CHICAGO – Don’t come home without passing a budget: that was the message a coalition of prominent civic and planning groups told Illinois lawmakers Wednesday.
They warned of the dire toll the state’s two-year-old budget impasse has taken on its financial condition, and in social services, school districts, public colleges and universities many of which are waiting on state payments or have gone without appropriations since January.
“The state of Illinois is in shameful financial shape,” the coalition said, citing a bond rating that “has fallen to worst-in-the-nation, near-junk status,” which has translated into higher borrowing costs “for any government in Illinois that issues debt.”
The Better Government Association, Chicago Civic Federation, Forefront, Metropolitan Planning Council, Sargent Shriver National Center on Poverty Law, United Way of Metropolitan Chicago, and Voices For Illinois Children are participating in the coalition.
Without action, the state’s $14 billion bill backlog could swell to $19.7 billion by the end of fiscal 2018, which would restrict more than half of the state’s fiscal year 2019 general fund revenues. Many bills accrue interest at a 9% to 12% annual rate. “In the last decade, Illinois has paid $1.1 billion in interest penalties on overdue bills. The comptroller estimates interest due on current bills to be $800 million,” the coalition warned.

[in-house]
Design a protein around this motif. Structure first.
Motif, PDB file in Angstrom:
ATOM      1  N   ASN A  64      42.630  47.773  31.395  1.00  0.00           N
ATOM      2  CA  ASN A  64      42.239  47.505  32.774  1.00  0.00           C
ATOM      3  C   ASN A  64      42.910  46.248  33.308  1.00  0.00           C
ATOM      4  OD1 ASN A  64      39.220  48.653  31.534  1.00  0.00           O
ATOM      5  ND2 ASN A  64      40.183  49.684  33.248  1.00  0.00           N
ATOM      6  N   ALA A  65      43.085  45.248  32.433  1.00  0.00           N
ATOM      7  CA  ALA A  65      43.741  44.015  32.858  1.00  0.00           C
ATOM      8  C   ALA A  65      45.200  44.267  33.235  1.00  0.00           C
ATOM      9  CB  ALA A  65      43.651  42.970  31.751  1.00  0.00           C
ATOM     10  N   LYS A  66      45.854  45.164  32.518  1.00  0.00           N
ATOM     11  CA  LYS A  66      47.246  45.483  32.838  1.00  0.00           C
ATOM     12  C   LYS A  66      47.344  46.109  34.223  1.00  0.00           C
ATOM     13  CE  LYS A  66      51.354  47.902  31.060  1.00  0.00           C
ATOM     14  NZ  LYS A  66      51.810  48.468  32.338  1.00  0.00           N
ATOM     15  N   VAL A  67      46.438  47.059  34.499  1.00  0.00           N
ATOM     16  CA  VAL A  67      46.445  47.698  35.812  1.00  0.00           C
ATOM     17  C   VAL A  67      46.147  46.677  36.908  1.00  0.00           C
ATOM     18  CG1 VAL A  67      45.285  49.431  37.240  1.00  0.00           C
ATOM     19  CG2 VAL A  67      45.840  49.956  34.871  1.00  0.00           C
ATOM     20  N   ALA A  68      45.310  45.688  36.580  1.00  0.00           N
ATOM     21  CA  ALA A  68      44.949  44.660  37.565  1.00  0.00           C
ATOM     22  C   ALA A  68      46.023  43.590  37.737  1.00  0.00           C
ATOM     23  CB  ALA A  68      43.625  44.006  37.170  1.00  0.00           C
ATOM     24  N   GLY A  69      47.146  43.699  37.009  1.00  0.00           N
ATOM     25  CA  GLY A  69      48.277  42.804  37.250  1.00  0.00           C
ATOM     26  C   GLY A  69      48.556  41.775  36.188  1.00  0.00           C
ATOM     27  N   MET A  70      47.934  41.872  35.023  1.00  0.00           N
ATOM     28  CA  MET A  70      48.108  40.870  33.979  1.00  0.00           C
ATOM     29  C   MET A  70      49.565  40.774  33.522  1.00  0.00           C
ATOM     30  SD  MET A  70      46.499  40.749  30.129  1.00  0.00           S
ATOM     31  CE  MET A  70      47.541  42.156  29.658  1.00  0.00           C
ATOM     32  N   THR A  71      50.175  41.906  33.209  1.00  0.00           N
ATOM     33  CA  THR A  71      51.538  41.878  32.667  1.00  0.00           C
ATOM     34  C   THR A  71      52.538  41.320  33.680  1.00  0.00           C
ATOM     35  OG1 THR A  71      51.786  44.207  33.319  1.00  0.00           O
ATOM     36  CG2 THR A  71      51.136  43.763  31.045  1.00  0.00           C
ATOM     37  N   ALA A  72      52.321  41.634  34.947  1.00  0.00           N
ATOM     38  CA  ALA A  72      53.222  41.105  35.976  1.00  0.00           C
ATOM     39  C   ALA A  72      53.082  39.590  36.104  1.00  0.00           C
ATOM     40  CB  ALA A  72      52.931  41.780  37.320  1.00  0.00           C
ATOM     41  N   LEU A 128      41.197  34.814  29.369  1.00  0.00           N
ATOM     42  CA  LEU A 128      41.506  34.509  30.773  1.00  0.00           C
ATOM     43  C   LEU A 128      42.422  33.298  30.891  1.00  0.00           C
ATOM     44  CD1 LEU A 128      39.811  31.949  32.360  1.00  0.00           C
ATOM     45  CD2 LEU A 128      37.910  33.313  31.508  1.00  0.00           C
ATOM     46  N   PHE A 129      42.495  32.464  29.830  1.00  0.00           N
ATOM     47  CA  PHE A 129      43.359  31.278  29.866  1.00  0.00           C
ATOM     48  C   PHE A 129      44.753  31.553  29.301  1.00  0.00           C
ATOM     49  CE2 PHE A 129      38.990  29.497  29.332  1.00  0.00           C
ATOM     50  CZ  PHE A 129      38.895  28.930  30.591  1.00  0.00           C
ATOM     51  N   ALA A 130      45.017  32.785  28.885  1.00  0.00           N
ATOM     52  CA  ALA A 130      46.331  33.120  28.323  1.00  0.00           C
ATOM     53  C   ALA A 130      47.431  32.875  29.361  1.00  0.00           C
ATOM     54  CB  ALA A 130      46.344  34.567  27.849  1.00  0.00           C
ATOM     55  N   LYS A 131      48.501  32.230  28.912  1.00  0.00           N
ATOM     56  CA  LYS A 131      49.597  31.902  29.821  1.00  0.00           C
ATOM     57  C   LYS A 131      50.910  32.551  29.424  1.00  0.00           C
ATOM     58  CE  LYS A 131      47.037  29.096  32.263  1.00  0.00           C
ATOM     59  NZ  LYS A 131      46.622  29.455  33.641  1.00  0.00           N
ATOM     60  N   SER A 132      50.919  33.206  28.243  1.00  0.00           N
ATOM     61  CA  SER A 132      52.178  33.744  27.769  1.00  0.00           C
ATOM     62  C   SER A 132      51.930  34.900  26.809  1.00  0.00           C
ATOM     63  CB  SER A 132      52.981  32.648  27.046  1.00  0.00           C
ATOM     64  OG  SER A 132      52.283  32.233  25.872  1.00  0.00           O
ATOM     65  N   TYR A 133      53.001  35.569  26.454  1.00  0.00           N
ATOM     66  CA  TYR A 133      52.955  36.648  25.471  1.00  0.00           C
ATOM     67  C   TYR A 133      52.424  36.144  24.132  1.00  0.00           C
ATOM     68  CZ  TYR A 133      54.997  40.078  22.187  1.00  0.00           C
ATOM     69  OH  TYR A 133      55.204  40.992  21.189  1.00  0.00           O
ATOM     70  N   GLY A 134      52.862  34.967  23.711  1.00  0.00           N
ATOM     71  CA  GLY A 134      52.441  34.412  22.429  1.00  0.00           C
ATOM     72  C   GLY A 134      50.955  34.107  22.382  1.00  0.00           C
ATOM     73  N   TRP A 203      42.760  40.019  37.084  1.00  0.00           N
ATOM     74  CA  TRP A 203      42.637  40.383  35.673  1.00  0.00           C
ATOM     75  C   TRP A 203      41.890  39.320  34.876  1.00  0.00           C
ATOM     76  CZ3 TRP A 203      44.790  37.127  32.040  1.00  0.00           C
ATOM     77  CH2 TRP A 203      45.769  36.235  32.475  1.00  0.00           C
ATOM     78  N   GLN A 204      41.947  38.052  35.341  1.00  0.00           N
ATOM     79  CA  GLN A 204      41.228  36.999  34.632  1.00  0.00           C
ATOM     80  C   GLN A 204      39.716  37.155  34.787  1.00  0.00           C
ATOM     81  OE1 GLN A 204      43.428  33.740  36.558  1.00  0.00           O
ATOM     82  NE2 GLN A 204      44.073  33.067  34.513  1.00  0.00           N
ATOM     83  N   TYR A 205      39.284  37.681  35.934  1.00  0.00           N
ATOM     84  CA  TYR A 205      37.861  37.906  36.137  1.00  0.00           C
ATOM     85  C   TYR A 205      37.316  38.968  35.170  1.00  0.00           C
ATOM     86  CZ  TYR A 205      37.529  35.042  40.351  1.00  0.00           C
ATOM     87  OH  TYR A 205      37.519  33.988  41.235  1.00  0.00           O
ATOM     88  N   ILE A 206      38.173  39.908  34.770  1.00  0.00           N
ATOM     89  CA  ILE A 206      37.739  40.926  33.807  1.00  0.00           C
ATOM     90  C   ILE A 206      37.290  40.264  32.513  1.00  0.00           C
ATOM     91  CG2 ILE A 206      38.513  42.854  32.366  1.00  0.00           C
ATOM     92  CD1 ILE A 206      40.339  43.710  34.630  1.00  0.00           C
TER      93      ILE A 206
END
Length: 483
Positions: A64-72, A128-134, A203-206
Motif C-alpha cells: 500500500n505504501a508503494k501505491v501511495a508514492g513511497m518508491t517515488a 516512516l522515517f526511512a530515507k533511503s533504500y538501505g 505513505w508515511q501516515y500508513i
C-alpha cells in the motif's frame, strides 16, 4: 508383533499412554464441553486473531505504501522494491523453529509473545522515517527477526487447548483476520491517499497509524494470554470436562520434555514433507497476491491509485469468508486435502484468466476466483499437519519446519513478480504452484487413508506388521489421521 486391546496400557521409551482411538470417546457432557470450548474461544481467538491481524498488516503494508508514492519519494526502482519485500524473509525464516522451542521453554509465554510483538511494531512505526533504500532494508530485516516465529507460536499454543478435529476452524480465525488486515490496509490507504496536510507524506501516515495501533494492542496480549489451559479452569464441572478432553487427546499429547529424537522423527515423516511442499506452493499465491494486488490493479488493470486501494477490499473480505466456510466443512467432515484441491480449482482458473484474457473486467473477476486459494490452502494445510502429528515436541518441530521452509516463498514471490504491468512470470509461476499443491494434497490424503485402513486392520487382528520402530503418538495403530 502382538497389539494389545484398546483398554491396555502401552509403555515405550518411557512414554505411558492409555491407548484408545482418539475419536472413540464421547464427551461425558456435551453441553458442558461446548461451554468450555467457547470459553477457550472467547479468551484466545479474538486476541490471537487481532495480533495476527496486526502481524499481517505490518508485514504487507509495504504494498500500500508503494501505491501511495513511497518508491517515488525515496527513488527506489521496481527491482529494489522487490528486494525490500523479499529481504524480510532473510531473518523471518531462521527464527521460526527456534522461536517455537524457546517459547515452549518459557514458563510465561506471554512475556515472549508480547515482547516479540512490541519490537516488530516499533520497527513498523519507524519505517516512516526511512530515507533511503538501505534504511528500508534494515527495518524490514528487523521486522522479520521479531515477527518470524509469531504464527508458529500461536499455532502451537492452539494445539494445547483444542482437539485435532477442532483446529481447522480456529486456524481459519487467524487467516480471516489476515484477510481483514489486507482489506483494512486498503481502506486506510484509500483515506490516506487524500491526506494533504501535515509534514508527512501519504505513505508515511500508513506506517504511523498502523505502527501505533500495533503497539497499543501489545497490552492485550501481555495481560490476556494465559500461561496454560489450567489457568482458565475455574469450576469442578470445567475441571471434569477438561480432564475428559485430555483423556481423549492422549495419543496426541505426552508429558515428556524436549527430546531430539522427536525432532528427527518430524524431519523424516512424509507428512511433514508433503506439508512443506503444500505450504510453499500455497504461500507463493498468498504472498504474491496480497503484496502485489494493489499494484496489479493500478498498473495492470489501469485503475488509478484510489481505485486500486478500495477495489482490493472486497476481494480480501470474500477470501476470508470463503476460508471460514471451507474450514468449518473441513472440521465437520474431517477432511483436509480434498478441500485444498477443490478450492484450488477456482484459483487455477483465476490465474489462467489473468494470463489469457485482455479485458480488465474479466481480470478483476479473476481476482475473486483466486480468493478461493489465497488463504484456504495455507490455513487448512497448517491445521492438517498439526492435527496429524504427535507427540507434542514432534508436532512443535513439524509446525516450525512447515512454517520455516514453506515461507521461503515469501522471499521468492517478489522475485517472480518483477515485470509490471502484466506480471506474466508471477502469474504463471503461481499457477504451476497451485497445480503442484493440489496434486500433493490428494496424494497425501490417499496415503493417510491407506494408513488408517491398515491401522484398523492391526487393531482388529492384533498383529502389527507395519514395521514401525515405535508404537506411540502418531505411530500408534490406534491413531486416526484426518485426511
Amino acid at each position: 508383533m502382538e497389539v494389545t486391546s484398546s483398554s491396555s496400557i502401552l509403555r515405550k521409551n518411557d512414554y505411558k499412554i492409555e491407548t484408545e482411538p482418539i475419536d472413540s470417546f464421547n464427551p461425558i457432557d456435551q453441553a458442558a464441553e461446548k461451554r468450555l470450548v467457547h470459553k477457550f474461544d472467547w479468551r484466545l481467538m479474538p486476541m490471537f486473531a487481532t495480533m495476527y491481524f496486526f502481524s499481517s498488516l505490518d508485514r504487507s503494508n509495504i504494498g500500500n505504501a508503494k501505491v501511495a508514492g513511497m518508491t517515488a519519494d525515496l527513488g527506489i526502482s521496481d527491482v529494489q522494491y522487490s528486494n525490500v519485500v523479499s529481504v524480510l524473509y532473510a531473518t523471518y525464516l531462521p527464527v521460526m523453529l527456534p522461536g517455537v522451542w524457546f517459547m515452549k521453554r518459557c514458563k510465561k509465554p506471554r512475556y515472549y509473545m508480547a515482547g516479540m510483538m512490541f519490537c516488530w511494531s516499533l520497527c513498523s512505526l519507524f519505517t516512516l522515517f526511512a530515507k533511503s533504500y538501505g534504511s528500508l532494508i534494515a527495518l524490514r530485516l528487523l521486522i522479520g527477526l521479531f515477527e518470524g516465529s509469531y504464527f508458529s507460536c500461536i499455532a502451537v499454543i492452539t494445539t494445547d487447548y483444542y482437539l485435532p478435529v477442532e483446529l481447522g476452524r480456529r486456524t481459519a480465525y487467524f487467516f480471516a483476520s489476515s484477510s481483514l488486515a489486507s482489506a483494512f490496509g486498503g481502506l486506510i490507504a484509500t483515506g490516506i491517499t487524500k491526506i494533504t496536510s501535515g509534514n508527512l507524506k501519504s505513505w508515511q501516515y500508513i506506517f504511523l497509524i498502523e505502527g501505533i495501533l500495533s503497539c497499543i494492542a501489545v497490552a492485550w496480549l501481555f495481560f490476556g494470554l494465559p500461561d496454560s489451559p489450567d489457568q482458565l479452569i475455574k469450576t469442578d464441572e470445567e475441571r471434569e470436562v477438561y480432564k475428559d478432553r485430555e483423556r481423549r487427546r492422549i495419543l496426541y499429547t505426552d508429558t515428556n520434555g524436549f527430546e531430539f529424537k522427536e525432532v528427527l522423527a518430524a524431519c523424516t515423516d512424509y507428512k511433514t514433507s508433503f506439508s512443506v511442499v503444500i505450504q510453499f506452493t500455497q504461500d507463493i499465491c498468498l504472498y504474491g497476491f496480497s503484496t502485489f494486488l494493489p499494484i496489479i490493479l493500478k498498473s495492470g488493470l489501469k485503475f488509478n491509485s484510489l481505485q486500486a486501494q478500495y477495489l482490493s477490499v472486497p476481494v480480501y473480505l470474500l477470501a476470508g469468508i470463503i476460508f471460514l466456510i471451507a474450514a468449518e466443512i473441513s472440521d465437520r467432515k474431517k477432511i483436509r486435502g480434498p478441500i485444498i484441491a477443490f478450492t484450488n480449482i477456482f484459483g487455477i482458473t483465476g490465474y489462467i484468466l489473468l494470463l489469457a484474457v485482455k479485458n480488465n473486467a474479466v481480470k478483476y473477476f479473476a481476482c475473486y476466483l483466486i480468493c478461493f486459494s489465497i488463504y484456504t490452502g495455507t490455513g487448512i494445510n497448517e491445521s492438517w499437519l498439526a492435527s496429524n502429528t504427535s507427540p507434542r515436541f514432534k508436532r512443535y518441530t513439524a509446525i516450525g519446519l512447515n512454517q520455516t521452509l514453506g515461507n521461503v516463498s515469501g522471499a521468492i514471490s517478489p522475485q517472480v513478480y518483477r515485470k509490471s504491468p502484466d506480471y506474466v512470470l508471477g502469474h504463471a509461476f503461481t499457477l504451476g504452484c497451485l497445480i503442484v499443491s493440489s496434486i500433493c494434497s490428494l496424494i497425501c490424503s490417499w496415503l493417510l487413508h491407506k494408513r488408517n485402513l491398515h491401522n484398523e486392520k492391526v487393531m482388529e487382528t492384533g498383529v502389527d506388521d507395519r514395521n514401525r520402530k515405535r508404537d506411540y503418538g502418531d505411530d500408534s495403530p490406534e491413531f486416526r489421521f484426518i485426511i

The groups may have put forth individual recommendations on reforms or budgeting suggestions but all “agree that the state must pass a comprehensive, balanced budget that includes additional revenues” because cuts alone won’t stabilize the state’s finances due to the size of its liabilities.
A long-term budget is the only solution.
“Partial budgets, stopgap plans and singling out elementary and secondary education have not helped anyone. In fact, this scheme has exacerbated our financial dysfunction,” the group said. “Therefore we warn the Illinois General Assembly and Governor Rauner: Do right by Illinois. Don’t come home without a budget.”
The session adjourns May 31, so any action that follows would have to occur in a special session and would take three-fifths supermajority votes to take effect.
Senate Democrats on Tuesday passed a $37.3 billion fiscal 2018 budget with cuts and tax hikes. The budget along with previously approved reform measures -- including ones Rauner has pressed for as any part of a budget plan that relies on tax hikes – have gone to the House. They face an uncertain fate in that chamber and Rauner and his fellow House and Senate Republicans slammed the budget.
Senate negotiations could continue to resolve differences over several of Rauner’s demands, including a local government property tax freeze and worker’s compensation, but none were set for Wednesday.